The former hardware store employee relates to his hard working fans. “I’m singing and playing music I love and I relate to, and it’s real for me," he says. "People know if you ain’t being real. If I cut music I relate to and feel good about, I feel like my fans are going to do the same.”

The album features tunes from Nashville’s A-list songwriters, including Bob DiPiero, Ashley Gorley, Terry McBride, Tommy Lee James, Tony Martin and Mark Nesler, among others. Easton co-wrote two songs on the new collection, including the devotional “A Thing For You” and the revelational “This Feels A Lot Like Love.”

Touring with Rascal Flatts, Brad Paisley and Blake Shelton put Easton on a stage that afforded him a unique opportunity to learn from the best. “As a new artist you learn watching those guys, what they do, and of course with a big crowd like that you’ve got to learn how to entertain. It’s a different thing from playing a club.”

The experience left an impression on Easton, who rose to the occasion. “Growing up I was always self-conscious getting out there singing in front of people,” he admits. “I guess I had a little stage fright. You get a little nervous out there, because you’re always thinking,  ‘I wonder if they think I’m good?’ But through all those experiences it gives you more confidence to get out there and be confident in what you do and get out there and really sell it and be yourself and do what you do.”
While Easton has plenty of long-term goals, the most important ones are simple.  “I want to get my music to as many people as possible,” he says with a determined smile.

“You’ve got to be good to your fans, and you’ve got to make music that’s true to you.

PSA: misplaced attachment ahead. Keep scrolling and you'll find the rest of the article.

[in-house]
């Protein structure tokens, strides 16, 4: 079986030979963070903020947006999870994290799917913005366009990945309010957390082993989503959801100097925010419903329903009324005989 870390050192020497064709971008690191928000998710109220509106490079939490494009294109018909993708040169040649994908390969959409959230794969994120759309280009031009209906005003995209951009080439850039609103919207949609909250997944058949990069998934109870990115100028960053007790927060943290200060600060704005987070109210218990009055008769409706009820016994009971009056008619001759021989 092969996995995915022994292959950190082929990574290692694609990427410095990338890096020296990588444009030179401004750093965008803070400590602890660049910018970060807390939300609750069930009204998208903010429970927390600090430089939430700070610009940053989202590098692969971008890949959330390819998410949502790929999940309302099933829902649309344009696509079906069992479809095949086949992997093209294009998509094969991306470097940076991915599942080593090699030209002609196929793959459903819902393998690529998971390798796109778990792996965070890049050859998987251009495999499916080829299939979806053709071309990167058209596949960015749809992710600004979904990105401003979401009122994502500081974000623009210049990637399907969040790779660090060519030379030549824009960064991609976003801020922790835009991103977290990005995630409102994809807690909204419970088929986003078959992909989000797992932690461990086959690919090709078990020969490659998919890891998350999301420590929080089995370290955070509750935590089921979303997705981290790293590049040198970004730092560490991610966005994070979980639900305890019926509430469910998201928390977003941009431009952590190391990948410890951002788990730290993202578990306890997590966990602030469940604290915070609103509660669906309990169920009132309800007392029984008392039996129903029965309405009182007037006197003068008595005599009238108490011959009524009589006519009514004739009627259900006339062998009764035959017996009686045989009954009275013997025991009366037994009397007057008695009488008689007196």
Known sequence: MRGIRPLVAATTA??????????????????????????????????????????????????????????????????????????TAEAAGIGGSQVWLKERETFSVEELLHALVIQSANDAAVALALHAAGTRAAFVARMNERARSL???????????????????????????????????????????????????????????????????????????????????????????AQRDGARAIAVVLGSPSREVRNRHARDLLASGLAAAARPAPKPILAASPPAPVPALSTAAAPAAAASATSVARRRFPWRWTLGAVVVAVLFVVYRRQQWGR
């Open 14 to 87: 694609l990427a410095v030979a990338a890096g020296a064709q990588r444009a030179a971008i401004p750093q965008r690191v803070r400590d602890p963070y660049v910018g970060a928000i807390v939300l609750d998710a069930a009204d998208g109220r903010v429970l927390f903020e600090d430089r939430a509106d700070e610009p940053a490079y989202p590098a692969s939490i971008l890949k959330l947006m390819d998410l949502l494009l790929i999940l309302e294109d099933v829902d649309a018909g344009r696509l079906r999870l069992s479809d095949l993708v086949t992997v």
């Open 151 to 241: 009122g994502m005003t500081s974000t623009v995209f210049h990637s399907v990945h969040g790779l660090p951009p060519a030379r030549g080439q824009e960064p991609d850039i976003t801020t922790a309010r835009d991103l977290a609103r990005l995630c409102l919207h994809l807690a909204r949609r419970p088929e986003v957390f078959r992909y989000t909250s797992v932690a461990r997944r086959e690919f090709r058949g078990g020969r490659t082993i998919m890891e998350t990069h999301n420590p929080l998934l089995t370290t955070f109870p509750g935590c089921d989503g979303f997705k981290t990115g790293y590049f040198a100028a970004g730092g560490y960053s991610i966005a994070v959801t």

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  • As the House voted along party lines on Thursday to approve a sweeping package of GOP tax reforms, one peculiar part of the floor debate came when a number of Republicans – who voted for the bill – took to the floor to request changes in the their party’s plan, as some highlighted unintended consequences, while others objected to the basics of the measure. Known in parliamentary parlance as a “colloquy,” the scripted exchanges between lawmakers are often done to clarify the legislative intent of a bill, or in this case, to urge action in a specific way in House-Senate negotiations. And for some Republicans in this week’s tax reform debate, it was clear they wanted some provisions altered. Some requests were specific, like Rep. David McKinley (R-WV), who made the case for historic preservation tax credits, which were eradicated by the House GOP tax reform bill. “Without the credit, projects that transform communities in all 50 states, from West Virginia to Texas, to Wisconsin, simply will not happen,” McKinley said on the House floor, as he asked for Brady’s word that he would help reverse the decision. That didn’t happen. “I commit to working with him and continuing to work with him on this issue because I know the importance of it,” Brady responded, making sure not to guarantee anything in some of these floor exchanges. For Rep. Carlos Curbelo (R-FL), a staunch advocate of the GOP bill, he asked the Chairman of the House Ways and Means to do more in terms of tax help for the people of Puerto Rico, whose island was devastated by Hurricane Maria. “I look forward to working with you on ideas to best serve the people of this island,” said Rep. 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